One Step Closer to Health Coverage for Homeless People

A big victory for the uninsured in America today, and a big victory for homeless people.  Our own healthcare for the homeless in Cleveland, Care Alliance, serves nearly 10,000 people per year.  88% of their clients do not have any insurance, 9% have regular medicaid, and 2% have Medicare with only 1% having private health insurance.  Today the United States Supreme Court upheld the individual mandate, which will allow thousands of homeless people in Cleveland to find a health care home in America. There will be thousands currently living in subsidized housing who will now have access to affordable health care.  This is great news.  Most in the anti-poverty movement would like to see universal single payer coverage like almost every other industrialized country in the world, but we can settle for a step closer to health care justice. 

What this means for the homeless community is that agencies such as Care Alliance, the Neighborhood Clinics will have more people covered by some form of insurance.  So, while 88% of Care Alliance's clients are not covered by insurance today, that could go down to 68% in 2014.  This would free up resources for the local agencies to provide more mental health services or alcohol and drug treatment or dental care.  Both behavioral health and dental care are huge gaps in services in our community.  Any additional dollars that these health care agencies can find reimbursement for will allow other local, state and federal dollars to fill in some of the holes in health care coverage.  The men who have diabetes or other chronic health conditions should be able to find help so they are not bankrupted by hospital bills.   Those who need medicine every day should be able to find a doctor to help.  Preventative care will be more accessible in our community.  States will be required to set up a health care exchange so that people will be able to buy affordable health care.  Most states have waited until the Supreme Court decided the case before setting up the health exchanges.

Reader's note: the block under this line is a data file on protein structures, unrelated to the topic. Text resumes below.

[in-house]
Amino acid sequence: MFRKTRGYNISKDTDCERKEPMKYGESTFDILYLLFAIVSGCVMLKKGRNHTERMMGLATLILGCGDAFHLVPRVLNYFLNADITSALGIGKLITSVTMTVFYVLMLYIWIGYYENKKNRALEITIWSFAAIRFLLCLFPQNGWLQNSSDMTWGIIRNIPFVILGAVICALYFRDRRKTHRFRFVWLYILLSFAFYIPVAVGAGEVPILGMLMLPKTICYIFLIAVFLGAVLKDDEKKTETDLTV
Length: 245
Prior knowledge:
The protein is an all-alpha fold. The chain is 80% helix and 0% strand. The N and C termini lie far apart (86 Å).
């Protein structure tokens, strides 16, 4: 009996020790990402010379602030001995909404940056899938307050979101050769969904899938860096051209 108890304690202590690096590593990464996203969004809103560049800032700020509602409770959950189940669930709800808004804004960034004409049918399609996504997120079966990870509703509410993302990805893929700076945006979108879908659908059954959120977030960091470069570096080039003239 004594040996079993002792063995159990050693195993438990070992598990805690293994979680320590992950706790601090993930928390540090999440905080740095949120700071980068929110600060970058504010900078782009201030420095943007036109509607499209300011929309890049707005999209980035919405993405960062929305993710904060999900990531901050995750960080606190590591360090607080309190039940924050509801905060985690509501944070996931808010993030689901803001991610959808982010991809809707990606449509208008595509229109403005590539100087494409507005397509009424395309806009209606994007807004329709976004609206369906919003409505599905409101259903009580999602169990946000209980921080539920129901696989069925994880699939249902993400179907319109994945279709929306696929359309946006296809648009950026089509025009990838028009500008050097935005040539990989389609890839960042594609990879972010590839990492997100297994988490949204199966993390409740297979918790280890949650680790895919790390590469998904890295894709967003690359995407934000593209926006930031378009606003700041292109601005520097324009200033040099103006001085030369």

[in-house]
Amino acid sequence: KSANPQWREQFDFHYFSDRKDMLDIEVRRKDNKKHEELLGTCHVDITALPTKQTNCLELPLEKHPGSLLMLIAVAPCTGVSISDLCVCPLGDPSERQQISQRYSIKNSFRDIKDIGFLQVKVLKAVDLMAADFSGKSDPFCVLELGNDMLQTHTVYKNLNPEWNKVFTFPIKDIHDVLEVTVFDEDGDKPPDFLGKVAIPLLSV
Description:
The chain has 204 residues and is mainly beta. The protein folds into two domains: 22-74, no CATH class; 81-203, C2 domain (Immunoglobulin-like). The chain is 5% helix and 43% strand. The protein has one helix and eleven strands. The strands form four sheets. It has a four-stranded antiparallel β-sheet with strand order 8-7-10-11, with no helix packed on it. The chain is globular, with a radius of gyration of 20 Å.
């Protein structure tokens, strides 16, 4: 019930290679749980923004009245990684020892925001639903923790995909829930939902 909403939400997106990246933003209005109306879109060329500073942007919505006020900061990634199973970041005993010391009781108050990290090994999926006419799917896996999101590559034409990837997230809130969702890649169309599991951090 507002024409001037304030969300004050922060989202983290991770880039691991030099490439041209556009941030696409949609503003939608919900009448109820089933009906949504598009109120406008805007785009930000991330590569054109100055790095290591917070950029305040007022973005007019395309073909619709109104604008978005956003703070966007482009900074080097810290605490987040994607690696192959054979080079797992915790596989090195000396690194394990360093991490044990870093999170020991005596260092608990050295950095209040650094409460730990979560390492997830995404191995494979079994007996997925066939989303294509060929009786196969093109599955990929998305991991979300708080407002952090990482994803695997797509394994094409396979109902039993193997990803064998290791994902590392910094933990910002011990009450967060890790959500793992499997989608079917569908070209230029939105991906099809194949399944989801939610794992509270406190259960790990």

It is a great day in the United States.

Brian Davis